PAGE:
A transformation called a structural expansion helps make this point. This involves taking any of the figures above and expanding each class to include all those other classes with which it shares transitive dependencies, that is, to show all those other classes with which it is coupled.
Figure 4: Structural expansion of
org.apache.project.artifact of figure 1
Figure 4 shows the structural expansion of figure 1, of the
artifact package. Only now do we see the extent to which that beautiful set of classes in figure 1 truly depends on, and is depended on by, the rest of the system. Coupling has run riot. The
MavenMetadataSource class, for example, so laudable when seated in isolation, suddenly appears brutish. It now flings dependencies far and wide, in turn finding itself confused by invading dependencies to the point where tracing potential ripple-effects becomes dizzying.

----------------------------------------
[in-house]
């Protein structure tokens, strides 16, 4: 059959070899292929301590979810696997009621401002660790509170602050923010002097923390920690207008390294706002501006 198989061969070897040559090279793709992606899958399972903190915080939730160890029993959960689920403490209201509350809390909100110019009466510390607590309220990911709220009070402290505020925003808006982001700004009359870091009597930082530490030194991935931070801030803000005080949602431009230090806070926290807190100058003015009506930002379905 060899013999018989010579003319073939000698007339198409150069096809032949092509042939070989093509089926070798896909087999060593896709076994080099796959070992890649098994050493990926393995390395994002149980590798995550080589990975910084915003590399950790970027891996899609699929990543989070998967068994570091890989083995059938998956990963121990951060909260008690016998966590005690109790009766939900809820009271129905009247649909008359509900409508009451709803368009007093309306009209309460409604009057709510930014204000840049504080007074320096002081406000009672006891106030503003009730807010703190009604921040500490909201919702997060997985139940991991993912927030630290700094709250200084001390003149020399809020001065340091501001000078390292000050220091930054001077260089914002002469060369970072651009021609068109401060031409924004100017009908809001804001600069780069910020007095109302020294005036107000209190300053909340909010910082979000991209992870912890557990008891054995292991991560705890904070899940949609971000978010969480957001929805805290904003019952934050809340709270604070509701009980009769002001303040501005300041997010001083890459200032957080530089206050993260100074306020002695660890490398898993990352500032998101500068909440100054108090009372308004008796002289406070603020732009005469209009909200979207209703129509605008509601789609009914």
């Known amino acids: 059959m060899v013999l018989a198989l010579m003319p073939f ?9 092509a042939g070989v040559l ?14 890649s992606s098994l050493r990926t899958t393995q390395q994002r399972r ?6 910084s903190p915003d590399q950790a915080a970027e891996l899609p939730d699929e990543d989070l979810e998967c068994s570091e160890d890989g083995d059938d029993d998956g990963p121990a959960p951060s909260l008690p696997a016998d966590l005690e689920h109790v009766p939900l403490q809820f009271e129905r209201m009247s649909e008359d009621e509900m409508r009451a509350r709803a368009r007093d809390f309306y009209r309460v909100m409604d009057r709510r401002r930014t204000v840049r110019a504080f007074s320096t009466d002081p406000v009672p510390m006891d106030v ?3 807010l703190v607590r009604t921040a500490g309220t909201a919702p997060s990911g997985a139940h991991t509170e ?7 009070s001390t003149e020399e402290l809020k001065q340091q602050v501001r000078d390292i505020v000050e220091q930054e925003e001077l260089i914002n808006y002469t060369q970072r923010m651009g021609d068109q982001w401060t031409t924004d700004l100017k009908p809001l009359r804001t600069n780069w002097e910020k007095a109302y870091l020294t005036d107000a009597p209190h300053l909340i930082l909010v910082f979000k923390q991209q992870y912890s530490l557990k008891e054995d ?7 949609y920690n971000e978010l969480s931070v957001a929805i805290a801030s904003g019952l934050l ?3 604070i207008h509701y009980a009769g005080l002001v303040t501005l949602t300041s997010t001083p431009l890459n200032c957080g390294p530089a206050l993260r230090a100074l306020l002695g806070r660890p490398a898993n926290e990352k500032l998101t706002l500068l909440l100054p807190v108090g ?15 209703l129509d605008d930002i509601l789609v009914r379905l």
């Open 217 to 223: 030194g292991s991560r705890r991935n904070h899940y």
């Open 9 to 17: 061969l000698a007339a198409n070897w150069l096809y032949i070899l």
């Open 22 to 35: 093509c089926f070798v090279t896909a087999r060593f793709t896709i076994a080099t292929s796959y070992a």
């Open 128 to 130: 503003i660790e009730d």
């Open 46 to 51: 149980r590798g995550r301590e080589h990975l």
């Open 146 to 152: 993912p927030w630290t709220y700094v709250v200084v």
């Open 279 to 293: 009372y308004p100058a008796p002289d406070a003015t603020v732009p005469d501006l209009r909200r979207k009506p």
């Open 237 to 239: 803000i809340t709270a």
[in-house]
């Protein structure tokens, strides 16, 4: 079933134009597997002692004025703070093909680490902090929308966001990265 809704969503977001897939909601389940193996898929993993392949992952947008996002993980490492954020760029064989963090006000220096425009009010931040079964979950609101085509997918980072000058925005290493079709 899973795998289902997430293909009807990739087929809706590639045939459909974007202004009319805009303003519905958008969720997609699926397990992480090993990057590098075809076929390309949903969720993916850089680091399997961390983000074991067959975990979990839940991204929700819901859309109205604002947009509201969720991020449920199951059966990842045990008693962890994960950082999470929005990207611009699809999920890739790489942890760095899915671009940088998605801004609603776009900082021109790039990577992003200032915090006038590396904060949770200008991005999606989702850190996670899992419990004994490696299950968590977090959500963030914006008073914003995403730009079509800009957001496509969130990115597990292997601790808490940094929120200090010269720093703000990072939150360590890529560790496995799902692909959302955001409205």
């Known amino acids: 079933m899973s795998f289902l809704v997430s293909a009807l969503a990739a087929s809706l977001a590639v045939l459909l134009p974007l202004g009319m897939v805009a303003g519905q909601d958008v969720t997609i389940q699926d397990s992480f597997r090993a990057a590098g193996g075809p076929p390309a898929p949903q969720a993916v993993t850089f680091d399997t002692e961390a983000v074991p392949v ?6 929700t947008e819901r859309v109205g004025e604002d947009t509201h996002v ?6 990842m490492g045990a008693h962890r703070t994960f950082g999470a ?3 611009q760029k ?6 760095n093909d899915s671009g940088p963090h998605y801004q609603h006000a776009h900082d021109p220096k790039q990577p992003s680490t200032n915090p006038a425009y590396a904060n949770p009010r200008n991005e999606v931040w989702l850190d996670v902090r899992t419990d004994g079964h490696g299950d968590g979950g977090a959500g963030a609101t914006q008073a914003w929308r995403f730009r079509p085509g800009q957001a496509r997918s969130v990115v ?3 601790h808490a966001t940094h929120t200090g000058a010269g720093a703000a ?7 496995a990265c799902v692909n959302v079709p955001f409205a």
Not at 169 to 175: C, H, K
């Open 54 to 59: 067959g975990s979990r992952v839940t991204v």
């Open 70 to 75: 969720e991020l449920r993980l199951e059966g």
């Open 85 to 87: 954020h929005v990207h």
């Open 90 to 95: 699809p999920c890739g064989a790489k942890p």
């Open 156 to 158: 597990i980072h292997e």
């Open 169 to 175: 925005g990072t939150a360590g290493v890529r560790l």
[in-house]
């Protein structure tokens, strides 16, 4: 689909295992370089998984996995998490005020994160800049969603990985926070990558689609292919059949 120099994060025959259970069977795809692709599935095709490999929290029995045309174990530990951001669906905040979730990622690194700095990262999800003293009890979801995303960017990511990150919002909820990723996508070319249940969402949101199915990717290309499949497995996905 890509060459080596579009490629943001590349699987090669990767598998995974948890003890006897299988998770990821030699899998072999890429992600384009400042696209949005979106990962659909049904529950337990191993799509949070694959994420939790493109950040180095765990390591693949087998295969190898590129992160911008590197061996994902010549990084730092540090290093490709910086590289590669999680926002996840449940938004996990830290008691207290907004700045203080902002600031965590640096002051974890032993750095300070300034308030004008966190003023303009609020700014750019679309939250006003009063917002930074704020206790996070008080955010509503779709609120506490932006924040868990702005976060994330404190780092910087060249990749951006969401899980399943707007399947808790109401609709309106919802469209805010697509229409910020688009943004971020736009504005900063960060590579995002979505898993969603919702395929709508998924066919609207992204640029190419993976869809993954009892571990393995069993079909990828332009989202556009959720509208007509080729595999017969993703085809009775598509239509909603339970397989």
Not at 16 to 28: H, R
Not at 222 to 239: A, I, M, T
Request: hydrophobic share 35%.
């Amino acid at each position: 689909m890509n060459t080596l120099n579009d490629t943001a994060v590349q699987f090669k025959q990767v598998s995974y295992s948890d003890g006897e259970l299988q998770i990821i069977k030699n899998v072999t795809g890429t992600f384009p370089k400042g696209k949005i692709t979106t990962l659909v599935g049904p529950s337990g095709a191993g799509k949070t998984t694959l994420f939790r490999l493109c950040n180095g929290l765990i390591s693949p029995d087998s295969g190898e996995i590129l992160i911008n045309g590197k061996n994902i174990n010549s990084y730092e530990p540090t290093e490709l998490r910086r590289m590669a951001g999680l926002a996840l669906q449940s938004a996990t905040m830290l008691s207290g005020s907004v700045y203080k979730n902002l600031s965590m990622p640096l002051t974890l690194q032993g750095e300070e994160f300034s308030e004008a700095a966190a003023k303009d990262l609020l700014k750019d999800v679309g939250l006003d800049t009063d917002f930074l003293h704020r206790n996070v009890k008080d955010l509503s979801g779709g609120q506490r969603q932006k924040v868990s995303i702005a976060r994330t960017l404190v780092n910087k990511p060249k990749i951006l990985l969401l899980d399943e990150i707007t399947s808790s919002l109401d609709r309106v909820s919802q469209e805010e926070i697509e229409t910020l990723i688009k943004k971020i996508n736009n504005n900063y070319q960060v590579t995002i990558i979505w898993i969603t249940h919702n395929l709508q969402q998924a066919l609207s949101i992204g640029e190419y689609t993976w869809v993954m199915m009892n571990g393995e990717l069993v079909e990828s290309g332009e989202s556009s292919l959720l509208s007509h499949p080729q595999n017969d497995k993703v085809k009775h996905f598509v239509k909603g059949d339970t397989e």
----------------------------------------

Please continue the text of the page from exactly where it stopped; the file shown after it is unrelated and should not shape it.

And this is the best of the three diagrams.
Figure 5: Structural expansion of
org.apache.maven of figure 2
Figure 5 presents the structural expansion of the
maven package shown in figure 2. Transformed utterly, it has unmasked a savage truth: that this package is coupled to an enormous amount of classes in other packages.
Figure 6: Structural expansion of
org.apache.maven.lifecycle of figure 3
Figure 6 completes the wayward set. The
lifecycle package appears to have been a cruel illusion all along for when seen from the coupling point of view it has simply vanished.
(Strictly speaking, these latter diagrams show first-order structural expansions; a second-order structural expansion would be achieved by taking a structural expansion of figure 6, for example, to produce a beast two expansions away from figure 3.)